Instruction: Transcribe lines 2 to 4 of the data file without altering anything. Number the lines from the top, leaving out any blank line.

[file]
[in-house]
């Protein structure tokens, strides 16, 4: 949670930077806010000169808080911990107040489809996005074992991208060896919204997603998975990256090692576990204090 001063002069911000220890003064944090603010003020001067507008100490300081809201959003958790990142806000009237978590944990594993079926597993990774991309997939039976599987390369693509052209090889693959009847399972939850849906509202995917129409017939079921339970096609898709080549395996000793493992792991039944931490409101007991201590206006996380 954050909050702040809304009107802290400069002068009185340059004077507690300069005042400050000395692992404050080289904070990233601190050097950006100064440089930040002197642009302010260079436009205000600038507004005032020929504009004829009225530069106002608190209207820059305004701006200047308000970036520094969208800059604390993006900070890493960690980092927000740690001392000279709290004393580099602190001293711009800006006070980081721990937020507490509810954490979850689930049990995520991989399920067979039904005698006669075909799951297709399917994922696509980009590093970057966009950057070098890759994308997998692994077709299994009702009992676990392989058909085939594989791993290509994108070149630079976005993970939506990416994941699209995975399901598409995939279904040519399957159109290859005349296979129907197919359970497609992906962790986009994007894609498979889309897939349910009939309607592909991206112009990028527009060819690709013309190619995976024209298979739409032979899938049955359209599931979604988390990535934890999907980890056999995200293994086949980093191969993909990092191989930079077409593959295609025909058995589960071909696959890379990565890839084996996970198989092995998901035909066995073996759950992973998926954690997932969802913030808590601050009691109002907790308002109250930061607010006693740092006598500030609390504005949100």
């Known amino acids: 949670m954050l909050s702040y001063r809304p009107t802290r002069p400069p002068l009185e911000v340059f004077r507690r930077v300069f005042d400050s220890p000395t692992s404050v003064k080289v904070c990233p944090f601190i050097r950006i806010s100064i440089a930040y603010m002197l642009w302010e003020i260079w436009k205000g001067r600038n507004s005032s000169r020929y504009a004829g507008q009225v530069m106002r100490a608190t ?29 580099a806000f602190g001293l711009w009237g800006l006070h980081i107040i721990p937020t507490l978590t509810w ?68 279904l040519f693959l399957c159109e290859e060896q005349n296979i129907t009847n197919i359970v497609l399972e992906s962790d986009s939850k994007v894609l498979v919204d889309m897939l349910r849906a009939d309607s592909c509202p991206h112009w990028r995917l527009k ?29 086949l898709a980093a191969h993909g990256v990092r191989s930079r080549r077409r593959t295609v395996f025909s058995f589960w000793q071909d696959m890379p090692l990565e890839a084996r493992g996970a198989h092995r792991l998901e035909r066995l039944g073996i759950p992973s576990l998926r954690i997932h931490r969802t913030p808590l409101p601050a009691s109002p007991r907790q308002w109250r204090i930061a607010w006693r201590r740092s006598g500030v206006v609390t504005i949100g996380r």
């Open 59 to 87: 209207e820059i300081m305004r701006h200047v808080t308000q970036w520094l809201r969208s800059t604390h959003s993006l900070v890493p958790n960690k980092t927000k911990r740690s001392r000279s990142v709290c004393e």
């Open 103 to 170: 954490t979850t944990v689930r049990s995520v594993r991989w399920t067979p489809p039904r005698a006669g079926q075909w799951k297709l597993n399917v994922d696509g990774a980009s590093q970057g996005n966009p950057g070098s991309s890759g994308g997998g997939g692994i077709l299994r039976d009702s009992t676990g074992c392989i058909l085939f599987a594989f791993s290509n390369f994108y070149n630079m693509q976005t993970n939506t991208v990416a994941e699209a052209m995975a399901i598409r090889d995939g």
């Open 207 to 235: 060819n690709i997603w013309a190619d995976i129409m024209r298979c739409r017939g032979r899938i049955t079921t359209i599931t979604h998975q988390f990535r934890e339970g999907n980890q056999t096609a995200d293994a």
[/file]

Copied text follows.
């Protein structure tokens, strides 16, 4: 949670930077806010000169808080911990107040489809996005074992991208060896919204997603998975990256090692576990204090 001063002069911000220890003064944090603010003020001067507008100490300081809201959003958790990142806000009237978590944990594993079926597993990774991309997939039976599987390369693509052209090889693959009847399972939850849906509202995917129409017939079921339970096609898709080549395996000793493992792991039944931490409101007991201590206006996380 954050909050702040809304009107802290400069002068009185340059004077507690300069005042400050000395692992404050080289904070990233601190050097950006100064440089930040002197642009302010260079436009205000600038507004005032020929504009004829009225530069106002608190209207820059305004701006200047308000970036520094969208800059604390993006900070890493960690980092927000740690001392000279709290004393580099602190001293711009800006006070980081721990937020507490509810954490979850689930049990995520991989399920067979039904005698006669075909799951297709399917994922696509980009590093970057966009950057070098890759994308997998692994077709299994009702009992676990392989058909085939594989791993290509994108070149630079976005993970939506990416994941699209995975399901598409995939279904040519399957159109290859005349296979129907197919359970497609992906962790986009994007894609498979889309897939349910009939309607592909991206112009990028527009060819690709013309190619995976024209298979739409032979899938049955359209599931979604988390990535934890999907980890056999995200293994086949980093191969993909990092191989930079077409593959295609025909058995589960071909696959890379990565890839084996996970198989092995998901035909066995073996759950992973998926954690997932969802913030808590601050009691109002907790308002109250930061607010006693740092006598500030609390504005949100």
């Known amino acids: 949670m954050l909050s702040y001063r809304p009107t802290r002069p400069p002068l009185e911000v340059f004077r507690r930077v300069f005042d400050s220890p000395t692992s404050v003064k080289v904070c990233p944090f601190i050097r950006i806010s100064i440089a930040y603010m002197l642009w302010e003020i260079w436009k205000g001067r600038n507004s005032s000169r020929y504009a004829g507008q009225v530069m106002r100490a608190t ?29 580099a806000f602190g001293l711009w009237g800006l006070h980081i107040i721990p937020t507490l978590t509810w ?68 279904l040519f693959l399957c159109e290859e060896q005349n296979i129907t009847n197919i359970v497609l399972e992906s962790d986009s939850k994007v894609l498979v919204d889309m897939l349910r849906a009939d309607s592909c509202p991206h112009w990028r995917l527009k ?29 086949l898709a980093a191969h993909g990256v990092r191989s930079r080549r077409r593959t295609v395996f025909s058995f589960w000793q071909d696959m890379p090692l990565e890839a084996r493992g996970a198989h092995r792991l998901e035909r066995l039944g073996i759950p992973s576990l998926r954690i997932h931490r969802t913030p808590l409101p601050a009691s109002p007991r907790q308002w109250r204090i930061a607010w006693r201590r740092s006598g500030v206006v609390t504005i949100g996380r």
């Open 59 to 87: 209207e820059i300081m305004r701006h200047v808080t308000q970036w520094l809201r969208s800059t604390h959003s993006l900070v890493p958790n960690k980092t927000k911990r740690s001392r000279s990142v709290c004393e």